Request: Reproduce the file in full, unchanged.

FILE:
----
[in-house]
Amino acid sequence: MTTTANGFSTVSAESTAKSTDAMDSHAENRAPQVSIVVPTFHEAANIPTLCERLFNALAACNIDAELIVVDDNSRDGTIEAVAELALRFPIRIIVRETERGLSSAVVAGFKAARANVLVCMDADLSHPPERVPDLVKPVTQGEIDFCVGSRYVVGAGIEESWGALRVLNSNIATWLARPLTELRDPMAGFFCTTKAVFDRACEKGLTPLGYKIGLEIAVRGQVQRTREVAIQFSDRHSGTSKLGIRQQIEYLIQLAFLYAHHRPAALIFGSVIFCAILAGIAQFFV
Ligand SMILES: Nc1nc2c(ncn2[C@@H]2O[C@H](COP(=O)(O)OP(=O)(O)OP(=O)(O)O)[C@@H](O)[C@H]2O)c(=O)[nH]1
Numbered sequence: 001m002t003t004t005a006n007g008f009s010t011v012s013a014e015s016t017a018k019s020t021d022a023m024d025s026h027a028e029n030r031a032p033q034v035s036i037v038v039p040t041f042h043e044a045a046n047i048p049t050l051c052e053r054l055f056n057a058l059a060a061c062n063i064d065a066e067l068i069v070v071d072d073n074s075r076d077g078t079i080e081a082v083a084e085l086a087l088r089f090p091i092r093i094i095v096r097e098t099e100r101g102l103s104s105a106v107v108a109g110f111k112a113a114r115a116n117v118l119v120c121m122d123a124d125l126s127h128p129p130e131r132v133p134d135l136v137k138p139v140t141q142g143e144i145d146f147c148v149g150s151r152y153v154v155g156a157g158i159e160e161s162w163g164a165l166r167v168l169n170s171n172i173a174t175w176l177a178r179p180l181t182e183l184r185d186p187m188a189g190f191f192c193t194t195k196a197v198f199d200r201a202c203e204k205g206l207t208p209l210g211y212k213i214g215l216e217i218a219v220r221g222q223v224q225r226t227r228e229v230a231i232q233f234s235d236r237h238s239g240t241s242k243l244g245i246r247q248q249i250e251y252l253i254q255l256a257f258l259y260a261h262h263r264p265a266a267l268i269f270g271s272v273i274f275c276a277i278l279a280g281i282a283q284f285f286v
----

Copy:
[in-house]
Amino acid sequence: MTTTANGFSTVSAESTAKSTDAMDSHAENRAPQVSIVVPTFHEAANIPTLCERLFNALAACNIDAELIVVDDNSRDGTIEAVAELALRFPIRIIVRETERGLSSAVVAGFKAARANVLVCMDADLSHPPERVPDLVKPVTQGEIDFCVGSRYVVGAGIEESWGALRVLNSNIATWLARPLTELRDPMAGFFCTTKAVFDRACEKGLTPLGYKIGLEIAVRGQVQRTREVAIQFSDRHSGTSKLGIRQQIEYLIQLAFLYAHHRPAALIFGSVIFCAILAGIAQFFV
Ligand SMILES: Nc1nc2c(ncn2[C@@H]2O[C@H](COP(=O)(O)OP(=O)(O)OP(=O)(O)O)[C@@H](O)[C@H]2O)c(=O)[nH]1
Numbered sequence: 001m002t003t004t005a006n007g008f009s010t011v012s013a014e015s016t017a018k019s020t021d022a023m024d025s026h027a028e029n030r031a032p033q034v035s036i037v038v039p040t041f042h043e044a045a046n047i048p049t050l051c052e053r054l055f056n057a058l059a060a061c062n063i064d065a066e067l068i069v070v071d072d073n074s075r076d077g078t079i080e081a082v083a084e085l086a087l088r089f090p091i092r093i094i095v096r097e098t099e100r101g102l103s104s105a106v107v108a109g110f111k112a113a114r115a116n117v118l119v120c121m122d123a124d125l126s127h128p129p130e131r132v133p134d135l136v137k138p139v140t141q142g143e144i145d146f147c148v149g150s151r152y153v154v155g156a157g158i159e160e161s162w163g164a165l166r167v168l169n170s171n172i173a174t175w176l177a178r179p180l181t182e183l184r185d186p187m188a189g190f191f192c193t194t195k196a197v198f199d200r201a202c203e204k205g206l207t208p209l210g211y212k213i214g215l216e217i218a219v220r221g222q223v224q225r226t227r228e229v230a231i232q233f234s235d236r237h238s239g240t241s242k243l244g245i246r247q248q249i250e251y252l253i254q255l256a257f258l259y260a261h262h263r264p265a266a267l268i269f270g271s272v273i274f275c276a277i278l279a280g281i282a283q284f285f286v